• We don’t know how the more than 2,600 institutions around the country who rely on funding from the NIH will be impacted by these cuts. How will this affect the more than 313,000 full- and part-time employees?
  • We don’t know how this budget proposal will target, or if it will, grants given to university scientists.

It is interesting to think about the affect these budget cuts could potentially have along the university supply chain. For instance, after federal research grant money is handed out to the universities, they turn around and spend billions of dollars to buy equipment, chemicals and other ingredients needed for experiments and services from local companies.

Economist Bruce Weinberg and his fellow colleagues at Ohio State University looked at what happened to federal research dollars that flowed to nine major Midwestern universities. In 2012, these centers for learning received about $7 billion in grant funds, more than half of which came from the NIH, the National Science Foundation and other funding agencies.

The study found that of the total $7 billion, roughly $1 billion was spent on goods and services from American vendors and subcontractors (16% going to suppliers in the university’s home county, over 16% going elsewhere in the state, and the rest going to companies across the United States.).

“We were surprised by how many were small, niche high-technology companies,” Weinberg and his colleagues wrote.

But What is the Practical Worth of the NIH?

Trump is not the first person to ever call into question the sizeable federal budget allottment to the NIH. Though it sounds incredibly impressive that these NIH grants are helping scientists unravel genomes, map the deep interiors of cells and find solutions for problematic diseases, does this $30 billion of taxpayer money really help the average citizen in the long run?

A  recent study is claiming that the benefits of NIH-funded laboratory research to taxpayers are greater than perhaps even first thought.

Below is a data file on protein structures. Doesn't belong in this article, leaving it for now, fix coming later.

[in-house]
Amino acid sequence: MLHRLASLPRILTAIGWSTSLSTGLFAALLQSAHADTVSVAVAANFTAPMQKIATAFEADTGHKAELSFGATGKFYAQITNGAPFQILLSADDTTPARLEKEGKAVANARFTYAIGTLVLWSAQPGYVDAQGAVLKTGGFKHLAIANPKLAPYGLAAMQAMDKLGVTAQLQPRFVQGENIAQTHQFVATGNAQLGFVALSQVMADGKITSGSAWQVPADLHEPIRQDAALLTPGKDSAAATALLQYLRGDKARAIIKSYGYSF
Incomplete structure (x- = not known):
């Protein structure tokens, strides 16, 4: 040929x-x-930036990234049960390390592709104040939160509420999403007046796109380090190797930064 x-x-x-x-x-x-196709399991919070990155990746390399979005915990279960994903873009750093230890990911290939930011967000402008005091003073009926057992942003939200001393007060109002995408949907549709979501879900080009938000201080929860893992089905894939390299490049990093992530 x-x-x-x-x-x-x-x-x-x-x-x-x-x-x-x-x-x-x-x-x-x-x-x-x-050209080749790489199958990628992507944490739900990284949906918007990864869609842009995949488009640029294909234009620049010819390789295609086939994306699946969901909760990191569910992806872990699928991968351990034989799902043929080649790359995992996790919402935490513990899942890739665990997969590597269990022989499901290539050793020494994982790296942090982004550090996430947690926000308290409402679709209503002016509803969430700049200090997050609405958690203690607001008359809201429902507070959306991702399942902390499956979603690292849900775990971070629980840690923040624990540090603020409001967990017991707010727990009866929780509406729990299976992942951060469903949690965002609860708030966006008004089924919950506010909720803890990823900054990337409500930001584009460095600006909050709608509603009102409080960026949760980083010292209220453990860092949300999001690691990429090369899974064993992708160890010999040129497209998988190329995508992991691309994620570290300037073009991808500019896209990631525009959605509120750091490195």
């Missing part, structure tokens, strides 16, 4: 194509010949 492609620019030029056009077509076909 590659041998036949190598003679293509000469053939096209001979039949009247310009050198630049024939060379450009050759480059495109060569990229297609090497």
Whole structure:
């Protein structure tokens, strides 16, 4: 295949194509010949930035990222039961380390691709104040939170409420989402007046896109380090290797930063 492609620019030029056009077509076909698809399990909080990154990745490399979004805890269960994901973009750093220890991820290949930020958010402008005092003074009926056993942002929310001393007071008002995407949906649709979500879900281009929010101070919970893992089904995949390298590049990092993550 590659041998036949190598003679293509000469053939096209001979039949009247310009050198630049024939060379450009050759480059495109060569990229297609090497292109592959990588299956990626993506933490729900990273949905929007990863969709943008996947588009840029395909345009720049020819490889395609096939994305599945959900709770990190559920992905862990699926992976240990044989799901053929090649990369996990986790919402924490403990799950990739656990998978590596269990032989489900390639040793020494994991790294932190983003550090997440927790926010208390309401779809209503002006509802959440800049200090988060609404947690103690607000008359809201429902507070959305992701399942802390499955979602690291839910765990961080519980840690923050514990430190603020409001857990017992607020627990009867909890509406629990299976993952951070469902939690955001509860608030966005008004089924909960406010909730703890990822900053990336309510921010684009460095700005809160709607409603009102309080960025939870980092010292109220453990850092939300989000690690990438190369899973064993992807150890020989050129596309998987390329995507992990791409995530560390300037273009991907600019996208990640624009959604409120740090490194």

Researchers from Harvard Business School, MIT and Columbia University searched for links between NIH grants and patents to determine the practical worth of federal funding. They focused on searching for new patents, as these are the first step for ushering new products into the world.

These grant-to-patent connections follow two basic routes: 1) Scientists and their universities may patent discoveries made at their laboratories or 2) commercial developers may license those discoveries. Either way, patent applications must cite scientific publications as evidence for their legitimacy, and these scientific publications cite the NIH grant that funded the research.

It was quite easy for researchers to determine just how many grants supported research that ended up having far-ranging relevance. “These were bread crumbs we were mining and exploiting,” says study author Pierre Azoulay, a professor at the MIT Sloan School of Management.

The team collected data on 365,380 grants awarded between 1980 and 2007 and found that 31% of these grants were cited in 81,462 patent applications submitted by private companies. Another 5% were cited in patent applications by the universities where the research took place.

These rates are quite significant and suggest that NIH-funded research “is not being done in an ivory tower,” says Azoulay. “Companies use it as input in their own discovery efforts.”

While the authors found roughly 4,400 patents that were tied to drugs approved by the FDA, they also admit the average time between initial funding for proposed research and commercial licensing of a laboratory discovery was 10 to 15 years. “We’ve become spoiled, thinking that things go from idea to prototype to product in a month or a few years,” says Azoulay. “That is not the right time scale to think about how medical progress happens.”

Though the study was able to make a connection between federal funding and the emergence of new health solutions coming to market, it does not address whether NIH funding cuts are a good idea, bad idea, or an idea that will not have as big an impact as some feel it will.

Of course, the President’s budget is only a potential one that announces the administrations priorities. Any 2018 spending bill that eventually emerges from congress could look very different. So, as they say, only time will tell what will happen to healthcare funding.